Next up in Biomusicology, two of the most respected songwriters in left-of-the-dial British music are embarking on a new project and digging into their back catalog to see how they got there. The band is Black Hearted Brother, helmed by Slowdive/Mojave 3 vet Neil Halstead and Mark Van Hoen, the ambient artist best known for his work as Locust and Seefeel, along with Nick Holton of sleepy electro-folksters Holton's Opulent Oog. Though the combination sounds unexpected, the guys' roots run deep; Van Hoen's work as an electronic artist in the early '90s contributed to Slowdive's late-career ambient leanings, and he helped produce most of Mojave 3's albums, as well as Halstead's solo album last year, while Holton and Halstead took turns contributing to each other's solo works.

And now there's Black Hearted Brother, where Halstead said that the idea behind Stars Are Our Home, their debut album just released on Slumberland, was to "just make a record that was in some ways 'unedited.' To not worry about a particular sound or style, but to just go with the flow". Sure enough, the album flows sonically from acoustic melodies to experimental indulgences, and lyrically from romantic to eccentric, while still keeping a foot on pop turf. Take "This Is How It Feels" for example:

Black Hearted Brother's biomusicology, compiled by Neil Halstead and Mark Van Hoen, features tracks from their prior projects, sharing a little history and looking back at how the past shaped the present:

Slowdive - "Crazy For You" (from Pygmalion, 1995)
Taken from Slowdive's final (and Mark & Nick's favourite) Slowdive album. Neil was at this point living in London with Mark & Daren from Seefeel, and they were all heavily into this type of music. Mark said more recently that Neil really nailed that sound. It was also during this time we all spent time hanging out in the house in London listening to music and laying the foundations of future collaborations.

Holton's Opulent Oog - "Rough Times" (from Love in the Mist, 2011)
A comment on the times, as with the rest of the songs from the Oog's second album -- the theme being hope and the realisation that there is salvation, if brief, in these dark times. The biggest production of what was generally a minimal exploration into music, like the middle eight and sweeping strings by Roger Proctor at the end.

Mark Van Hoen - "I Need Silence" (from Where Is the Truth, 2010)
Nick will never stop banging on about this album until it's a set-in-stone classic. One of Mark's only vocal outings is an amazing collection of dark, personal songs carried along with a large amount of wonderful analog electronics. Neil plays guitar on a few tracks including this one. Mark used it like fairy dust here and there to great effect.

Mojave 3 -" Bluebird Of Happiness" (from Spoon and Rafter, 2003)
Featuring all of Black Hearted Brother, this is taken from Mojave 3's most adventurous outing. Mark adds synthesizers and production, Nick backing vocals with his partners from Coley Park, Kev Wells & Nick Portnell. Like BHB, it was recorded on tape but for the first time on a Mojave 3 record, it features a large amount of editing and production on Pro Tools.

Holton's Opulent Oog - "Oaki Room" (from The Problem of Knowledge, 2008)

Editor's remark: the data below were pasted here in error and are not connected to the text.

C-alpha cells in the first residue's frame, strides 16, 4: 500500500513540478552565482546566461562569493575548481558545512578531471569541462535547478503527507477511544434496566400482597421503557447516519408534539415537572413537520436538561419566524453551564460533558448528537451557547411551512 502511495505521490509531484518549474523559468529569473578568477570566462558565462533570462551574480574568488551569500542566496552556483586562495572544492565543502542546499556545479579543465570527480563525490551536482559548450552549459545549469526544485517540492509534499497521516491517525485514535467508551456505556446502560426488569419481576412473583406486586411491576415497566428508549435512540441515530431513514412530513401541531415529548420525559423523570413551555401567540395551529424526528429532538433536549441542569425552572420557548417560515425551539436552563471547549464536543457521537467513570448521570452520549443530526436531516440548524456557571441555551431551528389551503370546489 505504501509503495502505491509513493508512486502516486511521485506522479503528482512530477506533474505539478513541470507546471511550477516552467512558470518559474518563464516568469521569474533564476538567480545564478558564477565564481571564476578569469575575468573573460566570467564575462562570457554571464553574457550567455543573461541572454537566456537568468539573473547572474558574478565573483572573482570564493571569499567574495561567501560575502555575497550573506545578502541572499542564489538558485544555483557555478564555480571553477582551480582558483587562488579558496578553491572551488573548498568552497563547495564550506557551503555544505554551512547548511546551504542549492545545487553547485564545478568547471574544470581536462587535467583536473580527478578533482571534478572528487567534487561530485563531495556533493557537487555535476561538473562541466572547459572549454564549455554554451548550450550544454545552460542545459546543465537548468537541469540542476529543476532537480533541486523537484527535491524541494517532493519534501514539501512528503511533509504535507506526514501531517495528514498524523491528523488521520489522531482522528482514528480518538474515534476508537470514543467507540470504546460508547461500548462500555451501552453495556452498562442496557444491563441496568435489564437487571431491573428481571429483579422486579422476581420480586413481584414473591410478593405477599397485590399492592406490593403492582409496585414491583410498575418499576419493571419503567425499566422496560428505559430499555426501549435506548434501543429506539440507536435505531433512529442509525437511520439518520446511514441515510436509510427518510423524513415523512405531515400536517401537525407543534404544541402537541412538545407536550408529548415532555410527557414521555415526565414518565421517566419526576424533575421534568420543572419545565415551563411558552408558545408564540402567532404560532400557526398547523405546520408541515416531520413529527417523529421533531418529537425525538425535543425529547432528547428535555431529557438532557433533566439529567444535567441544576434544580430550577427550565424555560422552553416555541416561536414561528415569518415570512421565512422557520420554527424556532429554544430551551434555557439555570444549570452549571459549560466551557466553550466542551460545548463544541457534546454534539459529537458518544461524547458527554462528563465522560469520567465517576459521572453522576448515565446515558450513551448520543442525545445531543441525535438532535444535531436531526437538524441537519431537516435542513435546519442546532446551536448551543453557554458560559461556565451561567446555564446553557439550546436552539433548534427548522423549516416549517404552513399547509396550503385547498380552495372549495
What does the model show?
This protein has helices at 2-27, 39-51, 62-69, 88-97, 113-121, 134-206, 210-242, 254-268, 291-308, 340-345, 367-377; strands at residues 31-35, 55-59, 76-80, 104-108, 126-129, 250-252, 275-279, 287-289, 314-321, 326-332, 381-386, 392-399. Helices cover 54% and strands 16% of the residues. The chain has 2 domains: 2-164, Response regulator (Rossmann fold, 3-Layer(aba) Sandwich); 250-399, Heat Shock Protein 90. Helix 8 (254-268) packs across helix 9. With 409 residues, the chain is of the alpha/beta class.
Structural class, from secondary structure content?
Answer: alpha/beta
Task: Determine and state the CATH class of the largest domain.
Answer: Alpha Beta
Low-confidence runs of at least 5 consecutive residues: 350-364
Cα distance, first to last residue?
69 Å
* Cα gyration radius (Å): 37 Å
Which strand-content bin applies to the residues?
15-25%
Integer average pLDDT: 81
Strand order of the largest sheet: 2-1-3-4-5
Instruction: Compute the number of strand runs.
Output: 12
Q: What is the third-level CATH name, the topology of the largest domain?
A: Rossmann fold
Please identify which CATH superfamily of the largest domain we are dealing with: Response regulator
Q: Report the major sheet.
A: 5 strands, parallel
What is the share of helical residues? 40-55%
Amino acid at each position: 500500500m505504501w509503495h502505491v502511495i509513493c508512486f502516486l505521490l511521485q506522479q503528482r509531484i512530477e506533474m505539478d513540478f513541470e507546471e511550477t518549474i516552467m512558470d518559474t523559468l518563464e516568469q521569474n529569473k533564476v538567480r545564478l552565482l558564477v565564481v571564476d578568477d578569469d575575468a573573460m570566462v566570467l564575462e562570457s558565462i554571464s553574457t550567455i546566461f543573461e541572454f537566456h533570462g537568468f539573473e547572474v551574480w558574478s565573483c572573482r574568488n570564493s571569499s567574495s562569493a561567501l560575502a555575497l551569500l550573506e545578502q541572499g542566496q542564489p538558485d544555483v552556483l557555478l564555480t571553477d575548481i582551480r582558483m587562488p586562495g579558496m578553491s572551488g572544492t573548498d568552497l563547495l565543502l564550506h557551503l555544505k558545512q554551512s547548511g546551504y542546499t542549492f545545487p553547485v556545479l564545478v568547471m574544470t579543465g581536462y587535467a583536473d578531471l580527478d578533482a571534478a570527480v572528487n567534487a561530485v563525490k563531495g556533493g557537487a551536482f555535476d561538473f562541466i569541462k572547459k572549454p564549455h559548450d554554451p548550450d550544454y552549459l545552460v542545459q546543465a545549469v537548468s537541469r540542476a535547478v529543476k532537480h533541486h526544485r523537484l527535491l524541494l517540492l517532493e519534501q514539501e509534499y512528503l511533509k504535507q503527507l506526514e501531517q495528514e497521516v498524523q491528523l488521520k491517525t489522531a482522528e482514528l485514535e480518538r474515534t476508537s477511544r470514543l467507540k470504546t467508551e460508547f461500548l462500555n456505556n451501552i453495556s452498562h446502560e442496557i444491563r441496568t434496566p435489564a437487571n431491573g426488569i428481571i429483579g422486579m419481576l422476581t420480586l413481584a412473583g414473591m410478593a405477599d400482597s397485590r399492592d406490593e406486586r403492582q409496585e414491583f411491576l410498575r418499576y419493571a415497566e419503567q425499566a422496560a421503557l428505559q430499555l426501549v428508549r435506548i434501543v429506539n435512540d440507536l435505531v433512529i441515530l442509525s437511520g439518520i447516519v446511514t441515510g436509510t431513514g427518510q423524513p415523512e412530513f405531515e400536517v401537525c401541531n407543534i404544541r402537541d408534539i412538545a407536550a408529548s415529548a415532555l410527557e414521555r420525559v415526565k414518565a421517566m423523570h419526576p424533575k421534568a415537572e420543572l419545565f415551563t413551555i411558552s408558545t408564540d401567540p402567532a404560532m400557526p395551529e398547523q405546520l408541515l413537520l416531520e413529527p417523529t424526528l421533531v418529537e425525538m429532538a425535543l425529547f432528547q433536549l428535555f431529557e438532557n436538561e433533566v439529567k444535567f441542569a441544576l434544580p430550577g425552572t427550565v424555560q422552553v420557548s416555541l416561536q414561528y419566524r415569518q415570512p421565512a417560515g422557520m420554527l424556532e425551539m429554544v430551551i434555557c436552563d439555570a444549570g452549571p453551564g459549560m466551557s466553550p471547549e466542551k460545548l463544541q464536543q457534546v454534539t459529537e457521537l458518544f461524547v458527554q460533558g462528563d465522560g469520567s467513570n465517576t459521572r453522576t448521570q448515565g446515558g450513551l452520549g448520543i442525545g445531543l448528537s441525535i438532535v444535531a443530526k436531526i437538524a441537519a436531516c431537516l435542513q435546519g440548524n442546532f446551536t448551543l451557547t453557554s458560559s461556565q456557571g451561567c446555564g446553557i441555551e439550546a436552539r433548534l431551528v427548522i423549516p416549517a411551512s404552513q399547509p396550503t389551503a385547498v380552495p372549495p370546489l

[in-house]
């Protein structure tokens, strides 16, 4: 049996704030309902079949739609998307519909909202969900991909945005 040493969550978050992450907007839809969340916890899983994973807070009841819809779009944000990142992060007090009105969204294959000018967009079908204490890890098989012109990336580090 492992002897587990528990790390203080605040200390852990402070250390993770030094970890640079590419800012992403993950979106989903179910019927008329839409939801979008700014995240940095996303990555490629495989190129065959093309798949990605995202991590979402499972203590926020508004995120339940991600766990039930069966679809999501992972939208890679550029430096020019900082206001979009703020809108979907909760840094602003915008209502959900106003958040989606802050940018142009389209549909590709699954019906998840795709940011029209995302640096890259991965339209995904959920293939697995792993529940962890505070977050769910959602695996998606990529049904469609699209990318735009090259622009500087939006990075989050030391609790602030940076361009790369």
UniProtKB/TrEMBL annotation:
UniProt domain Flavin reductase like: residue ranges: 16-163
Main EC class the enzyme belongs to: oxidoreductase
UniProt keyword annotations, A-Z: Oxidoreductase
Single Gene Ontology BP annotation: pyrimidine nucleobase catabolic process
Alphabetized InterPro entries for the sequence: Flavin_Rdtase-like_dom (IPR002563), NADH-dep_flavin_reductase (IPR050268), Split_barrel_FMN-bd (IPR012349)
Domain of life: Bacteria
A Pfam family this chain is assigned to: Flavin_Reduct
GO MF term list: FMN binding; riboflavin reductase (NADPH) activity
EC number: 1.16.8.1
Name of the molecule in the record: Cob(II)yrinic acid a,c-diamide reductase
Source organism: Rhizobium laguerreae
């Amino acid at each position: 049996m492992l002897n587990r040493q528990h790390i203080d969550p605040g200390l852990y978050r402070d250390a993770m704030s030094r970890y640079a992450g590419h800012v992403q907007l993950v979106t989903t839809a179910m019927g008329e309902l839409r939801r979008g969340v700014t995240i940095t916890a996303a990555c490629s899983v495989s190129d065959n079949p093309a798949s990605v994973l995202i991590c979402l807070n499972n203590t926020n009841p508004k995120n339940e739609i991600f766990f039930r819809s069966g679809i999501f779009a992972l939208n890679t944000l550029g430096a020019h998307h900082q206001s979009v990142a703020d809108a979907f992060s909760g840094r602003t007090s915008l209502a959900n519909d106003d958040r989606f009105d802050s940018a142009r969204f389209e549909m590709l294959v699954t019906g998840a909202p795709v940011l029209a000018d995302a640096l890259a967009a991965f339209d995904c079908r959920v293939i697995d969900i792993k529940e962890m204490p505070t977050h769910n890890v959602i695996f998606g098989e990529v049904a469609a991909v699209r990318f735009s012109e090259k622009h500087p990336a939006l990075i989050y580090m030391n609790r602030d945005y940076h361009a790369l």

From Holton's Opulent Oog first album, which was an exercise in ease after several difficult albums. Each track was not laboured, but rather recorded very quickly to tape at the studio from which this track get its name.

Seefeel - "Blue Easy Sleep" (from Seefeel EP, 1993)
The track that first defined the Seefeel sound, recorded in 1991. A simple drum loop and dub bassline by Mark Van Hoen, and a wall of otherworldly guitars by Mark Clifford.

Slowdive - "Slowdive" (from Slowdive, 1990)
Slowdive's demo for a competition in Melody Maker -- if you won, you won a contract with Creation Records! Well, not really. But it was Slowdive's first release, and a single of the week in MM. Neil wrote this after a trip around Europe when only 18.

Coley Park - "Devils Tree" (from Rhinoceros, 2007)
Rhinoceros was an attempt to cover all the aspects of Coley Park, who had been recording for 10 years. It was with Coley Park that Nick learnt his production and songwriting craft. Neil would often be present at recordings, as would Coley Park at Mojave 3's. NME called Rhinoceros their masterpiece.

Mark Van Hoen - "Real Love" (from Playing with Time, 1999)
From the album often cited as a favourite by fans & critics. Female vocals are layered, cut up and glitched to create a warm and timeless electronic music.

Purchase Stars Are Our Home via Slumberland Records or iTunes.

And get an introduction about the album from the band:

But wait -- there's more! We're also giving away a copy of Stars Are Our Home on white vinyl and a poster of the cover. Here's how to enter:

Simply "like" AllMusic on Facebook and share AllMusic's Facebook status, or follow @AllMusic on Twitter and retweet AllMusic's Twitter post. You may also enter by mail by sending a letter or postcard with your contact info (email address, Twitter handle, or phone number) and address to AllMusic HQ by Wednesday, November 6:
ATTN: BHB Giveaway
206 S. Main St. Ste. 225
Ann Arbor, MI 48104

On Wednesday, November 6 we'll draw the winner at random from our Facebook fans, Twitter followers, and mail-in entrants who shared, retweeted and posted.

Details about this giveaway:
• Giveaway begins Wednesday, October 23. Winner will be randomly selected on Wednesday, November 6.
• Winner will be contacted via the service they used to enter, except for mail entrants who will be contacted via the info they provided.
• If no response is received from the winner within 72 hours, a new winner will be drawn from the pool of candidates.